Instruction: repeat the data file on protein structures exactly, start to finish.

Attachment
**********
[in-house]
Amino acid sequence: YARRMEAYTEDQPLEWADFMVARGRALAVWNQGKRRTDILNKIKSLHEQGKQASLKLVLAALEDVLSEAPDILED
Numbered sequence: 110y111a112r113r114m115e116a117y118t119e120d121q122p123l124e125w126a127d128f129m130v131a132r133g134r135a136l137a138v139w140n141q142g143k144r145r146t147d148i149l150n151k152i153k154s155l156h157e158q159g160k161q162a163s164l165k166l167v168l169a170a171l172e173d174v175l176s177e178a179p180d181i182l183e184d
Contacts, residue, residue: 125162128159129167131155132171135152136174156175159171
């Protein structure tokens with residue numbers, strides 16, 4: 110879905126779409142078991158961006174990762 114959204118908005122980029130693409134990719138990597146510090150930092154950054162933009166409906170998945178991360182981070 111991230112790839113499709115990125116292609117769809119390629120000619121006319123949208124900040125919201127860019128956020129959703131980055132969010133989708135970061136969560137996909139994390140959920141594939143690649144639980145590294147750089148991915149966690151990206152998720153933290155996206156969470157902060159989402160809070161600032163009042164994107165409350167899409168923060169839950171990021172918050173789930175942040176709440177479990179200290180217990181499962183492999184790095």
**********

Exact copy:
[in-house]
Amino acid sequence: YARRMEAYTEDQPLEWADFMVARGRALAVWNQGKRRTDILNKIKSLHEQGKQASLKLVLAALEDVLSEAPDILED
Numbered sequence: 110y111a112r113r114m115e116a117y118t119e120d121q122p123l124e125w126a127d128f129m130v131a132r133g134r135a136l137a138v139w140n141q142g143k144r145r146t147d148i149l150n151k152i153k154s155l156h157e158q159g160k161q162a163s164l165k166l167v168l169a170a171l172e173d174v175l176s177e178a179p180d181i182l183e184d
Contacts, residue, residue: 125162128159129167131155132171135152136174156175159171
């Protein structure tokens with residue numbers, strides 16, 4: 110879905126779409142078991158961006174990762 114959204118908005122980029130693409134990719138990597146510090150930092154950054162933009166409906170998945178991360182981070 111991230112790839113499709115990125116292609117769809119390629120000619121006319123949208124900040125919201127860019128956020129959703131980055132969010133989708135970061136969560137996909139994390140959920141594939143690649144639980145590294147750089148991915149966690151990206152998720153933290155996206156969470157902060159989402160809070161600032163009042164994107165409350167899409168923060169839950171990021172918050173789930175942040176709440177479990179200290180217990181499962183492999184790095």